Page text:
How Gardening Science Is Affecting Modern Garden Furniture UK

Garden Furniture

We at have always believed in developing new methods and researching new implications of modern outdoor and gardening technologies (even in biology!).

That being said, this week we decided to look into the development of outdoor furniture over the last 100 years, particularly looking at the progression of rattan, as it have moved from a natural product into a new man made material.

About Rattan

About rattan furniture

Rattan describes the woven furniture that is threaded around a solid frame to create a forgiving, comfortable seat. It can be formed into chairs, armchairs, rattan sofa sets, corner sofas, dining sets, and loungers. However there is some confusion, as there are two different meaning to the word rattan furniture which you may need to be aware of.

What is traditional rattan furniture?

Traditional or natural rattan, is the classic furniture of the 80’s and 90’s that creaks when you sit on it, and is mainly used indoor. It isn’t suitable for outdoor use because it degrades, due to the material being natural. It tends to fade over time, and may need oiling to prevent cracks from appearing.

What is modern rattan?

Modern rattan furniture (or synthetic wicker) is a man made material, aiming to use the same style as the traditional rattan furniture, but allowing it to be used outdoors due to the greater longevity. It still has a range of qualities though, with some being made from a hard shell, whilst others are hand woven to ensure a natural webbed give in the seats.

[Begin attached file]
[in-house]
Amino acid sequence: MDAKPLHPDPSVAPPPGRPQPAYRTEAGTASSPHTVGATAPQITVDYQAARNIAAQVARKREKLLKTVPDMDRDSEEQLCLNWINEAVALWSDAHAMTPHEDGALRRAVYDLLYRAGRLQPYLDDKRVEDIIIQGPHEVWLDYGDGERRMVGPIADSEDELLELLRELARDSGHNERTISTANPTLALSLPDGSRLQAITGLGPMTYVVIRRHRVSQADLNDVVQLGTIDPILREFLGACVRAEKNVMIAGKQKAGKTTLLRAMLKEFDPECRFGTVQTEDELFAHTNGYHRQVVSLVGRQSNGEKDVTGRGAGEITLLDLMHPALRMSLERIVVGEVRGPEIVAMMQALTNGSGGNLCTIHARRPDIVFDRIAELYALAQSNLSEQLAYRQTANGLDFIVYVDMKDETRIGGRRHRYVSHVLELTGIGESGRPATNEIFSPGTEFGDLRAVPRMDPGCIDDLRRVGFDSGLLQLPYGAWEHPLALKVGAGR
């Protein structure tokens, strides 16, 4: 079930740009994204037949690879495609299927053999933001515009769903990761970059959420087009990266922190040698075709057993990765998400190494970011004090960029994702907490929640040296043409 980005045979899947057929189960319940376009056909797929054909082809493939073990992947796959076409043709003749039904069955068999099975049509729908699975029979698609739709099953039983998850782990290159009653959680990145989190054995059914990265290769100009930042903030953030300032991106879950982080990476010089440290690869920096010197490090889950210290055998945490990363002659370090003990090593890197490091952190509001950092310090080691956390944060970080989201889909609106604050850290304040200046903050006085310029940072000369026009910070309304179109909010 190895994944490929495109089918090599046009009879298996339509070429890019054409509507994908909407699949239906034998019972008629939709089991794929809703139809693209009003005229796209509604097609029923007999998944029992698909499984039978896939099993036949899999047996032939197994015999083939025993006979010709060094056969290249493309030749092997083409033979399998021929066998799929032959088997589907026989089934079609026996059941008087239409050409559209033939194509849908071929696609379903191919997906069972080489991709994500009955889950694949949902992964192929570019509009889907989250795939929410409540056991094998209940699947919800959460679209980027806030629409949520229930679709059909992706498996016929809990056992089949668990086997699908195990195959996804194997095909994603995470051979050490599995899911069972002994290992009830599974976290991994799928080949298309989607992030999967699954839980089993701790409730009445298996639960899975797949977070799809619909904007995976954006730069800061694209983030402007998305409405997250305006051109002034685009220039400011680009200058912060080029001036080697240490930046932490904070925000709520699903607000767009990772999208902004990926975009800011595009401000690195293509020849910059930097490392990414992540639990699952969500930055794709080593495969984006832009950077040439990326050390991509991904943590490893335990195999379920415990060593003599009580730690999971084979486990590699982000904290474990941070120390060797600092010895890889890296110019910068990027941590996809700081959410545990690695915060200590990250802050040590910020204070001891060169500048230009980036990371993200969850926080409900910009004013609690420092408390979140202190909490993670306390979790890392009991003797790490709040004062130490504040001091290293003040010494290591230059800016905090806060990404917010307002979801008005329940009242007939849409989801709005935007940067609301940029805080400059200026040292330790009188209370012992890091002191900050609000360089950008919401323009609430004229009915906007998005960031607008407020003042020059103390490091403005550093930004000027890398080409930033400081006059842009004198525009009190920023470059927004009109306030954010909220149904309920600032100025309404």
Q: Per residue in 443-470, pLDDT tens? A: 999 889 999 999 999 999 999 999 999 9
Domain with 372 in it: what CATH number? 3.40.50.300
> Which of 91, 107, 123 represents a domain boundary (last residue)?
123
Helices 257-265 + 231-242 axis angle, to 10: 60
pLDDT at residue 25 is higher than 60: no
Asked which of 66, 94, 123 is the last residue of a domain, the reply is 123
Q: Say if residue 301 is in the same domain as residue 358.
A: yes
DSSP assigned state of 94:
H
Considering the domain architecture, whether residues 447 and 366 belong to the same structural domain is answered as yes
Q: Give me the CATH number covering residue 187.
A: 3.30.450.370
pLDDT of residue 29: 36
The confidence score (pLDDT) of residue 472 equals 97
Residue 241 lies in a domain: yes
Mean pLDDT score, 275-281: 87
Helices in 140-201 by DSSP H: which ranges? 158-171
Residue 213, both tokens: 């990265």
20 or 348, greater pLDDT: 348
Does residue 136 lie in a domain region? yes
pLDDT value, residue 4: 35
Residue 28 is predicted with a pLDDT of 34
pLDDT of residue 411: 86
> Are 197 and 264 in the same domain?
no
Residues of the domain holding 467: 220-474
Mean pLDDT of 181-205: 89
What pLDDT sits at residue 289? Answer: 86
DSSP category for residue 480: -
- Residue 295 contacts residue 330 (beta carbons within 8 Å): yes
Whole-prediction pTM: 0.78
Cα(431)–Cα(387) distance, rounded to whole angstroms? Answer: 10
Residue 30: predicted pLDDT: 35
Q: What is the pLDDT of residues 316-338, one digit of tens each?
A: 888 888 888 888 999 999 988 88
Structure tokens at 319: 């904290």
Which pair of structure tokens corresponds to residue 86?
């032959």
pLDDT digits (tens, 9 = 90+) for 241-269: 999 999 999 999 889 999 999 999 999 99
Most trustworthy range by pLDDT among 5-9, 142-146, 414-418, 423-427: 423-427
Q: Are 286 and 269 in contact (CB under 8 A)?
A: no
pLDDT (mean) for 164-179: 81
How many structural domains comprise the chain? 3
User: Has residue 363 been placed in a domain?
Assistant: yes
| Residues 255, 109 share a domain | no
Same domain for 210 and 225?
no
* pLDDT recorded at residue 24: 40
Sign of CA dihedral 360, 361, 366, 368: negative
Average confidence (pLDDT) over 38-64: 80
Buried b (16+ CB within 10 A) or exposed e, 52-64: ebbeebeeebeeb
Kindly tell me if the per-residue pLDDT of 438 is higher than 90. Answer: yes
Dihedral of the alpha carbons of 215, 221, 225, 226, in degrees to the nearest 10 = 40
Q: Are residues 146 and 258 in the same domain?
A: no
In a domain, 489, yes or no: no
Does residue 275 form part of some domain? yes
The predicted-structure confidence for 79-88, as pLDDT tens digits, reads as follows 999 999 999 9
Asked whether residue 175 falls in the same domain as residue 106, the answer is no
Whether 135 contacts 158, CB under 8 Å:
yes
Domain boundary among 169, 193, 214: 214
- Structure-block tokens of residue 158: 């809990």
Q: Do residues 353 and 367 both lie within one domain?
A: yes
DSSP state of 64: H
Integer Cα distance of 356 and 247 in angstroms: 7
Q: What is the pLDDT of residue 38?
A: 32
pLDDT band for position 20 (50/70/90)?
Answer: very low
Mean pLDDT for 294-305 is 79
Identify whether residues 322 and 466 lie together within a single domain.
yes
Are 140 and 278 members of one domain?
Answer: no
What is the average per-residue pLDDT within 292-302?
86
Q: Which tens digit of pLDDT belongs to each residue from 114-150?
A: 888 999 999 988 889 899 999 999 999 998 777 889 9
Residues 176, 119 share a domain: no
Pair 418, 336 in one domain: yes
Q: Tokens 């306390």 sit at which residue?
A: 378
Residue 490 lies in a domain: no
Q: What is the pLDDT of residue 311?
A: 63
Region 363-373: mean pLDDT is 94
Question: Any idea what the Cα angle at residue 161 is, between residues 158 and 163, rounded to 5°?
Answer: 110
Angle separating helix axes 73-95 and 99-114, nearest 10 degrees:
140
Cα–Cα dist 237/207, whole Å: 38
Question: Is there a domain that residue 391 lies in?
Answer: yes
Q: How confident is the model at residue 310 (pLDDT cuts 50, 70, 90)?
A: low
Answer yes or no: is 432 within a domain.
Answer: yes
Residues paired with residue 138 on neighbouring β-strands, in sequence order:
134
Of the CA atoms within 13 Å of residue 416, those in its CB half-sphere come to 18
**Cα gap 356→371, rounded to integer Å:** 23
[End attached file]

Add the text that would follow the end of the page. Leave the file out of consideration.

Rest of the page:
How the Introduction of weatherproof rattan changed things

Whilst the early modern rattan furniture wasn’t completely without flaws, the new weatherproof variety has fixed this with a focus on better quality materials. They use UV stabilization in the production process, to ensure that the suns UV rays do not damage the material, and prevent fading or rotting. An aluminium frame is also uses to prevent rusting in the snow or ice of winter, and also makes it lightweight enough to carry around the garden with ease.

Here is a video for more information on this:

We also found this product to be quite a good example of the quality involved:


Here are some more resources for you to read up on gardening science and garden furniture development:

You can read another useful post we did about spring time here.


Malcolm Lowe

Researcher at Independent
I'm a gardening researcher specialising in ecosystem science, where we look for future technologies to help stop climate change and other negative factors affecting wildlife.

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